American Muslims have not been protesting the recent anti-Islam video, <em>The Innocence of Muslims</em>. However, they have held demonstrations in recent years, including this one directed at the New York police department in November 2011.
Originally published on Mon September 24, 2012 11:00 am
Muslims have been demonstrating from North Africa to Southeast Asia, often violently, over the film that ridicules the Prophet Muhammad. But, in America, Muslims have been virtually silent over the video Innocence Of Muslims.
Ray Mancini carried hopes and ghosts into the boxing ring. He was the son of a great contender, Lenny Mancini, who was wounded in World War II before he ever got a chance at a championship. Mancini inherited his father's ring nickname — "Boom Boom" — and his championship dreams. In 1980, Mancini succeeded in winning the lightweight championship of the world, earning him widespread adoration.
Saturday marks the 150th anniversary of a crucial moment in U.S. history. On Sept. 22, 1862, President Abraham Lincoln issued the preliminary Emancipation Proclamation, announcing his intention to free the slaves in the states rebelling against the Union.
Unemployment is rampant in Spain and full-time jobs are scarce. Here a woman works at a street stall in Madrid. Some Spaniards are signing up for "time banks," where individuals perform services based on their skills, and receive another service in return. No money changes hands. A woman is shown here working at a street stall in Madrid.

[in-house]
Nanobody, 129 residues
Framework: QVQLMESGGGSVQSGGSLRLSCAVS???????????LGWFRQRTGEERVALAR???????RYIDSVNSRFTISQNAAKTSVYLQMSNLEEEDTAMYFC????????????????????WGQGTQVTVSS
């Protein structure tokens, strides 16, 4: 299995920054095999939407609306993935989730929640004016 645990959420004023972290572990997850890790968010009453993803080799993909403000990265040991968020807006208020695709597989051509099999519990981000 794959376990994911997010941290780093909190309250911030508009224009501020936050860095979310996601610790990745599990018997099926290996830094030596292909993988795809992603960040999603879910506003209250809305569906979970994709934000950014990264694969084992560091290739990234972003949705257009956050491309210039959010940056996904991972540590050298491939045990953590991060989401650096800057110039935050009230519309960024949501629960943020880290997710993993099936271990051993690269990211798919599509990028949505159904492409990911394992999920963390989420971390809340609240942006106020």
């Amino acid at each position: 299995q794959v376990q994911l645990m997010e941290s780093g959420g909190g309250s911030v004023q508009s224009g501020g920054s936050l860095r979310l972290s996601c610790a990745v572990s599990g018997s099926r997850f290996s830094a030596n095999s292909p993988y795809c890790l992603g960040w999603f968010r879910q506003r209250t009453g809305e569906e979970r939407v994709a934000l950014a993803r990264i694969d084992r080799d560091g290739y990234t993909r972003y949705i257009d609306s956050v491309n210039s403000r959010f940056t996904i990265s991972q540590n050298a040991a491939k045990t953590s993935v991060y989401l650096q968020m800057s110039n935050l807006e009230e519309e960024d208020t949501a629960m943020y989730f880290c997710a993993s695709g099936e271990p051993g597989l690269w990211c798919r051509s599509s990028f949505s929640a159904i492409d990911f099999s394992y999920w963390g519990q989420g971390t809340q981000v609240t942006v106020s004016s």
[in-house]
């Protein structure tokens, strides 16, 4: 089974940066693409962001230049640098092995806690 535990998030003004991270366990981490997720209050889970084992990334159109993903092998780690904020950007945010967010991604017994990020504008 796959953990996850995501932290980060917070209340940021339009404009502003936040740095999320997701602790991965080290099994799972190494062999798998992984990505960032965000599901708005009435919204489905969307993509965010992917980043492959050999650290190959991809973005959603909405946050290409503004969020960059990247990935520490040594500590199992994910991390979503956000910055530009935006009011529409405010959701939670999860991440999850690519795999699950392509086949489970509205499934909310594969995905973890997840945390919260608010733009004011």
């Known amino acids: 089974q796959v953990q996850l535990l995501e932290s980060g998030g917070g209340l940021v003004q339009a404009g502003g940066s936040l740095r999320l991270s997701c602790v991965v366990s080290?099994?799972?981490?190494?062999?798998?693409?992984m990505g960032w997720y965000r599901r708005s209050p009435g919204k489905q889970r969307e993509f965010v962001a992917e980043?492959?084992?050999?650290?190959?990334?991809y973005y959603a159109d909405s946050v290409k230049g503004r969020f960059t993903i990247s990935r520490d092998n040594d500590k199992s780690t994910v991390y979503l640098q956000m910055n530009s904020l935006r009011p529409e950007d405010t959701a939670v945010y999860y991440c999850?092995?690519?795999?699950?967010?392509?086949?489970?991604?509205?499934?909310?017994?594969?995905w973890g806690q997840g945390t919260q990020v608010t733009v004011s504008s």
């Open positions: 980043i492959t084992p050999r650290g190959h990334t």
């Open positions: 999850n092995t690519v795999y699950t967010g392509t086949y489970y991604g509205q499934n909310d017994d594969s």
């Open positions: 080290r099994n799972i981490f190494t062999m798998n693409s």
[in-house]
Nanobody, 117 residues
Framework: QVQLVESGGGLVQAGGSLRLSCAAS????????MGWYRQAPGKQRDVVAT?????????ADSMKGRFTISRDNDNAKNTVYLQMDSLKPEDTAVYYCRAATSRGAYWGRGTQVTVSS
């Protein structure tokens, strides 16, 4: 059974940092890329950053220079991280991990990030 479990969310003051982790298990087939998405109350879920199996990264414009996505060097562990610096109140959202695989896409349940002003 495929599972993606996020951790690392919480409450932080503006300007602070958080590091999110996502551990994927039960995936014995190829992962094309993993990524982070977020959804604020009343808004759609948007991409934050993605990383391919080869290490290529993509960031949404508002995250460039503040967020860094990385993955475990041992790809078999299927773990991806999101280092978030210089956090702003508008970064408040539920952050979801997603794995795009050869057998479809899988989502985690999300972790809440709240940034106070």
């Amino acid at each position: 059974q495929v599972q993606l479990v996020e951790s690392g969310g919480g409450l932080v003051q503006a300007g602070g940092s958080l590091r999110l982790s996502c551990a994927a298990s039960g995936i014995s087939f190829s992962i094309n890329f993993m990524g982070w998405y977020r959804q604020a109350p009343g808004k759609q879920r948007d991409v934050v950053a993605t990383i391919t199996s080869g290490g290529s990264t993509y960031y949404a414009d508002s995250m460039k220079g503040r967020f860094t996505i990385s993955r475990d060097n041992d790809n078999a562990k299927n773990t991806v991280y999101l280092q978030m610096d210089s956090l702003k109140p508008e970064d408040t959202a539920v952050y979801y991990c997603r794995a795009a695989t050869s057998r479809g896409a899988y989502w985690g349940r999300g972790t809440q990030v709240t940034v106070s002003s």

Eric San, who goes by the name Kid Koala, plays the blues. But just as Kid Koala isn't a traditional blues name like Blind Lemon Jefferson or Doctor Ross the Harmonica Boss, he isn't a standard blues man.
Kid Koala is a DJ. Big turntables, fast hands, scratching old-fashioned vinyl records — the whole deal. Now, he's taken that DJ equipment and produced a "turntable blues" album titled 12 Bit Blues.
So how did a Canadian DJ discover the blues, exactly? San says it all happened in high school.
Rickie Lee Jones' new album<em>, </em><em>The Devil You Know</em>, is a collection of covers. "I think [I recorded the album] partially to remind people that a singer is the one who interprets the song," she says. "And once you do that, it's yours."
And then there were three — record labels, that is. Regulators in the United States and Europe have approved the acquisition of EMI Music by Univeral Music Group. The combined label will own close to 40 percent of the world music market with a trove of acts that includes The Beatles.